Healthy minds means healthy life

A new peer support group is gaining interest in Fort St. James as one of the first to address the stigma on mental health.

Participants of the Healthy Minds peer support group are tending to the groups garden located off Dog Creek.

A peer support group in Fort St. James is gaining interest by addressing the stigma on mental health.

Every Monday at 7 p.m the Healthy Minds support group meets at the Stuart Lake Hospital conference room to address the challenges of mental health. Anyone is welcome to attend and the discussions are entirely confidential, said Greg Kovacs, co-founder of the group.

“We want to break isolation and we are hoping to open the dialogue. No one understand what it is like to have a mental illness better the those experiencing it. Everyone has their own technique we can learn from,” said Mr. Kovacs.

The group started meeting in March of this year as a safe haven for people to have open discussions about anything related to mental health or addictions. The first of many presentations on Monday July 21, had Dr. M Van Zyl speak about anti-depressants, how they work in the brain, there role in mental health and some of the resources that can be found in town. As the group consistently grows, co-ordinators hope to have regular guest speakers come to at least once a month and talk about various aspects of mental health. The next speaker is already scheduled for August 25 where Jana Gainor, a registered yoga instructor, will be giving a yoga demonstration.

Ideas for upcoming demonstrations include relaxation therapy, yoga therapy, art therapy, grief, naturalpathic and homeopathic remedies.

Healthy Minds also opened a garden this year 15 minutes outside Fort St. James by Dog Creek.

“It grow minds and hearts as much as it grows vegetables,” said Mr. Kovacs, who is hoping to have the garden moved in town to get more seniors and high school students involved. He also applied for the Imagine grant through Northern Health to help with moving the garden in town, but won’t know until October if the group will get it.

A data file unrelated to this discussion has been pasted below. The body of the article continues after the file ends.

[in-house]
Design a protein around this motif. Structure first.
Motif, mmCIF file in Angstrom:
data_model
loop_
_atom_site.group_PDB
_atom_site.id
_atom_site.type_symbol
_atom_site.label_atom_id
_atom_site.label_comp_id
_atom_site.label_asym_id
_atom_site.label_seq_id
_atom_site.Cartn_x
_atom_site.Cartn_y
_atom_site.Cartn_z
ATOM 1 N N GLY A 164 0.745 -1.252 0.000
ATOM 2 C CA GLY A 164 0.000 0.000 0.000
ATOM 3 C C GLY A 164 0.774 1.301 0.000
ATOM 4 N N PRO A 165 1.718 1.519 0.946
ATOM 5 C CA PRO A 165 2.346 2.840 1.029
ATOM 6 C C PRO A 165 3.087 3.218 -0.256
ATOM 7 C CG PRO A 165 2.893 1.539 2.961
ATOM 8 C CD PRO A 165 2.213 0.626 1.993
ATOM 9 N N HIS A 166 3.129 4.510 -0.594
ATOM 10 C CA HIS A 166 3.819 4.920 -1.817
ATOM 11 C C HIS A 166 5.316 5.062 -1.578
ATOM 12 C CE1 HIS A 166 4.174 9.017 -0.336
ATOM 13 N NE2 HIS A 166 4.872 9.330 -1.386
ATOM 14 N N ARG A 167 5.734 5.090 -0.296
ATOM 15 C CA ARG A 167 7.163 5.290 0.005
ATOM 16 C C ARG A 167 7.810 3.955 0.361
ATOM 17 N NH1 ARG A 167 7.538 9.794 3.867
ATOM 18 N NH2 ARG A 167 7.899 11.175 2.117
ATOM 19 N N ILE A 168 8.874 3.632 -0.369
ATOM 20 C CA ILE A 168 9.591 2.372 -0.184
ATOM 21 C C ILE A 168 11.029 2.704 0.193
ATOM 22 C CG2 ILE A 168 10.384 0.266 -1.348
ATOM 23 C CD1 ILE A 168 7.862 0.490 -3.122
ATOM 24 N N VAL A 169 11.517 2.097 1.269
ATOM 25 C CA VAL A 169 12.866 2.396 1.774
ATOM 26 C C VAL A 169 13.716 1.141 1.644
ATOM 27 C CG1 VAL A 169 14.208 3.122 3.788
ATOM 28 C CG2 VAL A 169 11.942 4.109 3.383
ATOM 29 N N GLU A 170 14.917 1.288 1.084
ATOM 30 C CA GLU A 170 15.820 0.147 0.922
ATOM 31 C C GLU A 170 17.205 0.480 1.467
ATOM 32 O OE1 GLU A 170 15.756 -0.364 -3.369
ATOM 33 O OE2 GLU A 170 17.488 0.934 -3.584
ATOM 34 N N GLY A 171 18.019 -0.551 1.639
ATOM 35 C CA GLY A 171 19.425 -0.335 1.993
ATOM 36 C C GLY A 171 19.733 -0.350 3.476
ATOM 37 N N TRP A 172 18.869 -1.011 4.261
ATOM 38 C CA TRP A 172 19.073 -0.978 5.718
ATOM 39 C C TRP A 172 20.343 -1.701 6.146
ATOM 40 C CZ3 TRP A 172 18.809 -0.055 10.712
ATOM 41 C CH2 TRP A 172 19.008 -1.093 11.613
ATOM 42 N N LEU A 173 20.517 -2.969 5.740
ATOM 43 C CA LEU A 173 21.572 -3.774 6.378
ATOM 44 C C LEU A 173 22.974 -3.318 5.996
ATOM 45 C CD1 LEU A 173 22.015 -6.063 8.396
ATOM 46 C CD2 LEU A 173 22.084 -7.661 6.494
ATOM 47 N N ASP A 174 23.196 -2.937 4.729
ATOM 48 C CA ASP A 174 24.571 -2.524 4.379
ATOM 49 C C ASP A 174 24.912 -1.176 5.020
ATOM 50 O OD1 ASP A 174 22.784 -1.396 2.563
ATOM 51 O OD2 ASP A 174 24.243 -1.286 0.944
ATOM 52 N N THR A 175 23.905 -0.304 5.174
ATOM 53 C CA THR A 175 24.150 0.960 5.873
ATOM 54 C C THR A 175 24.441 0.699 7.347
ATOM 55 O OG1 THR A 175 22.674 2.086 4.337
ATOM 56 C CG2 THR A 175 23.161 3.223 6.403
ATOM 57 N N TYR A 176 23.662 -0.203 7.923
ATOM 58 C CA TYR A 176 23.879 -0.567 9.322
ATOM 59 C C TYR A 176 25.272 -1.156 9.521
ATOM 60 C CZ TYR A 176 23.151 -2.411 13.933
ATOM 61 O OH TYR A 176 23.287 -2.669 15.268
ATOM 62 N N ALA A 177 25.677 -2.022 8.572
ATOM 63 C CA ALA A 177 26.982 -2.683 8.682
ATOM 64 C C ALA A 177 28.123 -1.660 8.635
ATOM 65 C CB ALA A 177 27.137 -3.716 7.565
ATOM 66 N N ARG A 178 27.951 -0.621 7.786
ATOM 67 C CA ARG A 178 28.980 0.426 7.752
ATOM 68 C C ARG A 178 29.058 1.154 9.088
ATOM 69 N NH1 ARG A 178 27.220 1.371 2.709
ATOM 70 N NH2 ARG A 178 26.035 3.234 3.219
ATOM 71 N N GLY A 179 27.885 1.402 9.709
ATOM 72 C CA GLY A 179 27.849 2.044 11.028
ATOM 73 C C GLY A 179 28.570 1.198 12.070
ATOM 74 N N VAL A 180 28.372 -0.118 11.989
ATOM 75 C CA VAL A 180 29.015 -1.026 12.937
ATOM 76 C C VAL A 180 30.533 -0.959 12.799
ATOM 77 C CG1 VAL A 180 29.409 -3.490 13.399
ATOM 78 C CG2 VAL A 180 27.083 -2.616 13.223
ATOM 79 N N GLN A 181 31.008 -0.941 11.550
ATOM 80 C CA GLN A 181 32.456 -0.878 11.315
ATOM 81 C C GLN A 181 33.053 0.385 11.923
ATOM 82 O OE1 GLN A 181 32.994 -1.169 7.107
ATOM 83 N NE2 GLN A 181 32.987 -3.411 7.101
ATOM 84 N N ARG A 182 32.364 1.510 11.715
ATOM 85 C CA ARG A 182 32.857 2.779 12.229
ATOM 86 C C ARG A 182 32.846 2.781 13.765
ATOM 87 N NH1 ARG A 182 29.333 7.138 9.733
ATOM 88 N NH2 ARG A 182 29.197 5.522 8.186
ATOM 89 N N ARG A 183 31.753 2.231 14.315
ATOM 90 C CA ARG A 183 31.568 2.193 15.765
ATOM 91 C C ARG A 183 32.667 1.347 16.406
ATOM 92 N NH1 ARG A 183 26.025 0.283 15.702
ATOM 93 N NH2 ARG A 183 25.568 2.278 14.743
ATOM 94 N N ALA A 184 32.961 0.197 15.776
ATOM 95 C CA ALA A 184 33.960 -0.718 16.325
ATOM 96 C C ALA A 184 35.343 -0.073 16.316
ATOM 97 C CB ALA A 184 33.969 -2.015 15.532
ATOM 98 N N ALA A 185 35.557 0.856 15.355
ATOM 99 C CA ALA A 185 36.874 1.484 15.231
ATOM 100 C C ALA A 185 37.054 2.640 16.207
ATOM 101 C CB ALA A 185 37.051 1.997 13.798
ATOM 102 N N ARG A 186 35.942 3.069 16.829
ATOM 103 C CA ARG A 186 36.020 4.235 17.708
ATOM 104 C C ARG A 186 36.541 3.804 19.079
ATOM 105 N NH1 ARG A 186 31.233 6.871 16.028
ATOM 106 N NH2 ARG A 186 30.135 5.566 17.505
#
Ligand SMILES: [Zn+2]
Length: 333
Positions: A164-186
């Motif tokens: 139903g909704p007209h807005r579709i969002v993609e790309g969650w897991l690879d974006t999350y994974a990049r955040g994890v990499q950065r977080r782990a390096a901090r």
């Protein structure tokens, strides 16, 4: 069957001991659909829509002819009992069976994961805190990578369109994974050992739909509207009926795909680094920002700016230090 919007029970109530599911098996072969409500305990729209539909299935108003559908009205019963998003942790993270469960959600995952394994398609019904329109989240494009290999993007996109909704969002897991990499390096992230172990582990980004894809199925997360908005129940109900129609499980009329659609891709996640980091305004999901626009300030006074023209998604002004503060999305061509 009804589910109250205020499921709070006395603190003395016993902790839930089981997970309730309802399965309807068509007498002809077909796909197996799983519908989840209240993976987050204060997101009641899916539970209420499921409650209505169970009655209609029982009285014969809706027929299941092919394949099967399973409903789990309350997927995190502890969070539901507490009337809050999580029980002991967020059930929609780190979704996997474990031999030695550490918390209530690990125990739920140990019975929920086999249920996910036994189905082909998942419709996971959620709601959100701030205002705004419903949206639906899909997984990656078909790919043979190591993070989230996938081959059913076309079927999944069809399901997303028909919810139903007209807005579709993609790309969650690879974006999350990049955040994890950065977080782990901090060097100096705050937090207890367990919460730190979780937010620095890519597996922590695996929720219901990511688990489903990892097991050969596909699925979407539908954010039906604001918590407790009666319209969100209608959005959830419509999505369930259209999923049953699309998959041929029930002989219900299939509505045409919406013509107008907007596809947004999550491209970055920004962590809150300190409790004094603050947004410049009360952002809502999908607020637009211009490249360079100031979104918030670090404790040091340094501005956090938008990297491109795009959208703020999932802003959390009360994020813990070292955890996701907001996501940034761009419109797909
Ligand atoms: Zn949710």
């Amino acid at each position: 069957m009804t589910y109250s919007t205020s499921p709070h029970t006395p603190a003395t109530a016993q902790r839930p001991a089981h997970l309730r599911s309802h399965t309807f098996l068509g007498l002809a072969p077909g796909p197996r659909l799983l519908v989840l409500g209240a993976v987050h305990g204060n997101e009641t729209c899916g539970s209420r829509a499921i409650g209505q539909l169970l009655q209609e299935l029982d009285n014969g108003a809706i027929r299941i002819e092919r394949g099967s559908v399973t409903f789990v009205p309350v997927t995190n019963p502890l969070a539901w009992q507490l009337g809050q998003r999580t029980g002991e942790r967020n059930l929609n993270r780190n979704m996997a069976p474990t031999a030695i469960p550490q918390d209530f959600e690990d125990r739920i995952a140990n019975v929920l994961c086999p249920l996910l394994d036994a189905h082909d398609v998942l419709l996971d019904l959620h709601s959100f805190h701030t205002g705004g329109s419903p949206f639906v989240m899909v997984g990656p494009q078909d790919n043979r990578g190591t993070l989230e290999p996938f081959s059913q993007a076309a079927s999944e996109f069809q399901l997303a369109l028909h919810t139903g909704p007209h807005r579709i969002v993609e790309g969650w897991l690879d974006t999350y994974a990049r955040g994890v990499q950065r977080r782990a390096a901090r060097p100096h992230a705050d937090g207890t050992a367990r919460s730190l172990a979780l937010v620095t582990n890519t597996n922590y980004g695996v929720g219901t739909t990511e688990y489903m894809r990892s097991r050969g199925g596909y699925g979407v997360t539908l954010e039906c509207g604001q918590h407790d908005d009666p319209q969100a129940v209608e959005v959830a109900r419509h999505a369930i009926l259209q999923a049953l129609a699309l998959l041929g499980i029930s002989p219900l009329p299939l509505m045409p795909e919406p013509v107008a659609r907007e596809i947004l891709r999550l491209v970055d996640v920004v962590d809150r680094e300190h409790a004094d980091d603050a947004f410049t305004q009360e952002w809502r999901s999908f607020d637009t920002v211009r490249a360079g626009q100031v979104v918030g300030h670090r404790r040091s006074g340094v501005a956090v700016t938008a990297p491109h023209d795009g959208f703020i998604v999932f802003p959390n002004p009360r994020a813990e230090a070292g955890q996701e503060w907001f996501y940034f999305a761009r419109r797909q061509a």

Healthy Minds also caters to participants through arranging outings and barbecues with the help of Northern Health life skills worker Carol Blackwell, who has been an instrumental part in supporting the garden. It is Ms. Blackwell’s job to help clients of the mental health and addictions centre in Fort St. James.

“She’s gone above and beyond helping introduce us to clients, with grant applications and funding through Northern Health for the startup of tools and seeds,” said Sandi Taylor, co-founder of Healthy Minds.

Ms. Taylor and Mr. Kovacs started Healthy Minds because they had acknowledged that them themselves have encountered symptoms of mental health at one point of another. So they started looking for ways to offer a safe place for people to have open discussions without any placed stigma.

“Depression is apart of the human experience, everyone has experienced it. The illness comes in with the inability to manage it,” said Mr. Kovacs.

After starting a small peer group in town last year, the two joined the BC Mental Health and Addictions Advisory Committee which is funded through Northern Health. They gained the support of the advisory committee and through them were funded with a year start-up for their Healthy Minds support group.

Anyone interested in advocating against the stigma on mental health can attend the advisory committee meetings on the second Thursday of each month at 1 p.m in the Stuart Lake Hospital conference room.

 

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